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Justin Bieber’s monkey fever

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Justin Bieber’s monkey fever

From International Primate Protection League (IPPL)
April 2013

As Mally, the teen idol’s pet capuchin monkey, knows by now, pet primates are never a good idea. And when a celebrity decides to make one a pet, it’s even worse.

That’s because there’s a knock-on effect. Adoring fans go to great lengths to imitate their favorite stars. That includes trying to accessorize like them, buying the same hair care products, clothes, and jewelry. And when animals are viewed simply as property, a pet—even (or especially) an exotic pet—is just another accessory to be purchased. And that boosts the miserable trade in pet monkeys.

In Mally’s case, the monkey is drawing even more attention than her human star, as she has become the subject of a legal tussle.

Mally, a gift to the 19 year old pop star on his most recent birthday, was confiscated on March 28 when Bieber failed to produce appropriate customs paperwork after flying into Munich with her via a private plane. If he fails to come up with the required documents within a month, Mally could be permanently confiscated and perhaps sent to a zoo.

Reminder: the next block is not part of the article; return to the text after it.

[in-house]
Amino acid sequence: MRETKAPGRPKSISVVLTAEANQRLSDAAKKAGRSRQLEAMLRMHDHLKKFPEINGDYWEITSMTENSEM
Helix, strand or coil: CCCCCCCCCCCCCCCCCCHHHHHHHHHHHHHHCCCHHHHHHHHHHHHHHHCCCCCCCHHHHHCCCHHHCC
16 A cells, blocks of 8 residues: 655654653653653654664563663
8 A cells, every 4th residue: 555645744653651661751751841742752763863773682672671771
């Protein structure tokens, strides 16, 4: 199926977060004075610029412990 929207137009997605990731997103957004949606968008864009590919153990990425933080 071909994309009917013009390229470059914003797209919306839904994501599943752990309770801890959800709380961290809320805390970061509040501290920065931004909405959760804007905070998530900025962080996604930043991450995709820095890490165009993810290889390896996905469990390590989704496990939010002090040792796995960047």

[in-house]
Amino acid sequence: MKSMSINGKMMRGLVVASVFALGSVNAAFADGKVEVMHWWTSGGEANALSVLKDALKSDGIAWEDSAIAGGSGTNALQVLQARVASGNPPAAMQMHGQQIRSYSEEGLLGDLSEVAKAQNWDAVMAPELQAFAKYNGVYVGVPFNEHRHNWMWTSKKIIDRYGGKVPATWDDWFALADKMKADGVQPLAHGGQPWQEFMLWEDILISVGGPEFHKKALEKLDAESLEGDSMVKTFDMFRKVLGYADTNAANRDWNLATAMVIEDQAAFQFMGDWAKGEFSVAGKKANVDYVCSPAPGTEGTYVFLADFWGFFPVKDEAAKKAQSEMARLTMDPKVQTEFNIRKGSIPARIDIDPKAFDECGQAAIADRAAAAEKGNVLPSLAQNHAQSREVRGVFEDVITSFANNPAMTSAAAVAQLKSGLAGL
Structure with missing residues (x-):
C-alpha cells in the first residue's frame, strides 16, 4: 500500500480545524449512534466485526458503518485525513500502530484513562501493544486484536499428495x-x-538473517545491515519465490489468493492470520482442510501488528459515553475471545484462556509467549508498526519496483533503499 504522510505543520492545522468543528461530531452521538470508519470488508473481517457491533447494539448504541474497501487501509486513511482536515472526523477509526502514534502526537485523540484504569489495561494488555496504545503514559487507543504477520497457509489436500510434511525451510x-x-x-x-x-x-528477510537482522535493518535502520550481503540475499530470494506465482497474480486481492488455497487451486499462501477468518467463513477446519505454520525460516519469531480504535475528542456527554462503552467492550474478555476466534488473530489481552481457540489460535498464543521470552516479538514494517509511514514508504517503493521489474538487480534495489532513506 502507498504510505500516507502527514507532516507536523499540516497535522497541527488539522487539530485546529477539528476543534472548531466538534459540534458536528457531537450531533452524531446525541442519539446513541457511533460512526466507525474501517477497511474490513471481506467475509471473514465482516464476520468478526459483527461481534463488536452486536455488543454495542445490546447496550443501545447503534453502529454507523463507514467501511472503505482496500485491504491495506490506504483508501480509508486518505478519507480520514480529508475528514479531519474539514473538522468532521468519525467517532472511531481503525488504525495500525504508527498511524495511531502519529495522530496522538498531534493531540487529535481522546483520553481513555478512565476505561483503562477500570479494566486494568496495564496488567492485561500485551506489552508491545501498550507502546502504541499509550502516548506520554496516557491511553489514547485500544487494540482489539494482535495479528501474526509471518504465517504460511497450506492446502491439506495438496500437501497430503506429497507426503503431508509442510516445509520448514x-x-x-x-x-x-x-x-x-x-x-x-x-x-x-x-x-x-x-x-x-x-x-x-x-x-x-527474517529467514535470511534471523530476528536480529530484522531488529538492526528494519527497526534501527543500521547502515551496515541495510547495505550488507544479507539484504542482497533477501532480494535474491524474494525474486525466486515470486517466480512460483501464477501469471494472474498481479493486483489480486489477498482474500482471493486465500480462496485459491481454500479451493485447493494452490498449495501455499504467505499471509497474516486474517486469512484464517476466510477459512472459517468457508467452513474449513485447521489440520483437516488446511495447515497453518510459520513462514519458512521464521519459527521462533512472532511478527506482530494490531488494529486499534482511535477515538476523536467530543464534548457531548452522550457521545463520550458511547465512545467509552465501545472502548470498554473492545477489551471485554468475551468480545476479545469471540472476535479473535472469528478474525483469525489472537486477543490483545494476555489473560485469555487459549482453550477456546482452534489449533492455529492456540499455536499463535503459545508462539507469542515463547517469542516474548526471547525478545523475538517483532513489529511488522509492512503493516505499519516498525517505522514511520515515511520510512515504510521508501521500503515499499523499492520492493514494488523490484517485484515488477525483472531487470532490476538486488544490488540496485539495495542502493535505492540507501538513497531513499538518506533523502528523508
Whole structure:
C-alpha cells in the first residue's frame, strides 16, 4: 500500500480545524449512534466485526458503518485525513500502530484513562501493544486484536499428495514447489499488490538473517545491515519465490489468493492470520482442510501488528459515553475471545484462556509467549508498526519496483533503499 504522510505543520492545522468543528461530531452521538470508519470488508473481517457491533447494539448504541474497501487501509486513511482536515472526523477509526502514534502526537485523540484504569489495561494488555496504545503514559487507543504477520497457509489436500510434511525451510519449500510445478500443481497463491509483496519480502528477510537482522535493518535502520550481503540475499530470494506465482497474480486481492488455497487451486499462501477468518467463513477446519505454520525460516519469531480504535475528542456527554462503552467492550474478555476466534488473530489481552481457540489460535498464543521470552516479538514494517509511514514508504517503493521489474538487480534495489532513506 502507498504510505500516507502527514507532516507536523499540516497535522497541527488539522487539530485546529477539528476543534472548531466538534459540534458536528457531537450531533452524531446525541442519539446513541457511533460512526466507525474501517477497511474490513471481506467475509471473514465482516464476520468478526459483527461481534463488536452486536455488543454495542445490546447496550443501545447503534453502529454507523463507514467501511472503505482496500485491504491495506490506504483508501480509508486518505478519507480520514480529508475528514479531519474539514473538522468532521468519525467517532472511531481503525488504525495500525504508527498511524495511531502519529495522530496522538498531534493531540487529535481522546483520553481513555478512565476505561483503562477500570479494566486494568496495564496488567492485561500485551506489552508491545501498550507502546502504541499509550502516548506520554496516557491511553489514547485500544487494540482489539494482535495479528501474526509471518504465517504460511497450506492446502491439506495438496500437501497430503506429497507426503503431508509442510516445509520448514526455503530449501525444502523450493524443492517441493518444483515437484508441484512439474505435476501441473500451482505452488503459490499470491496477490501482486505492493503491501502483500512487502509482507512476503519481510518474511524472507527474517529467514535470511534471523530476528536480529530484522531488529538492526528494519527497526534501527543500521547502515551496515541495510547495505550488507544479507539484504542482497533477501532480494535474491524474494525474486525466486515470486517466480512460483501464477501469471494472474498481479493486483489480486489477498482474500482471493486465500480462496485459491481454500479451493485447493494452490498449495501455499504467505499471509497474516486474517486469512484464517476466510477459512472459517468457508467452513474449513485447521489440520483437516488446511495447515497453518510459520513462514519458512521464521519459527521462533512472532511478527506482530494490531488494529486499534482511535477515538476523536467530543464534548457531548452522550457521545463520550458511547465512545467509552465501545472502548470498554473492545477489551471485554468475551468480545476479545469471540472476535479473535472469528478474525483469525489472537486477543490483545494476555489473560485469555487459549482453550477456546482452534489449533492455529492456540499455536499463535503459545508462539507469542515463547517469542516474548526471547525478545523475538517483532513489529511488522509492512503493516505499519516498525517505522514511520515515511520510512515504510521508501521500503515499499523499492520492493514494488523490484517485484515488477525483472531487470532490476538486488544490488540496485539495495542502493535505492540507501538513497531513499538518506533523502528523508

Justin Beiber infant monkey Mally
Capuchins like this one at the Jungle Friends primate sanctuary are one of the more common primates in the pet trade. Mally will hopefully be sent here to live with other members of her species.

Although Mally is now in quarantine at a pet shelter in Germany, the 15-week-old monkey is apparently (as she was when in the custody of Bieber) still without any companions of her own species.

This is a cruel fate for any monkey. Nearly all primates are group-living species and need to grow up in a socially-appropriate world in order to develop normally.

Baby monkeys bred for the pet trade are often taken from their mothers when weeks or even a few days old. Raised without the company of other monkeys, they don’t learn the appropriate social behaviors unique to each species. This means that, whenever the primate is given up after reaching maturity and becoming too aggressive (as is often the case), it is really difficult to integrate them back other monkeys. Pet monkeys are often doomed to live their lives as social misfits.

A petition has been started to have Mally repatriated to the United States and sent to Jungle Friends, an excellent primate sanctuary in Florida, which specializes in New World monkeys like Mally. Hopefully, this will happen before she gets much older:
http://www.change.org/petitions/justin-bieber-munich-airport-custom-officials-be-ethical-send-mally-the-monkey-to-jungle-friends-primate-sanctuary.

So in the future, when it comes to celebrities, remember: just buy the mousse, not the monkey!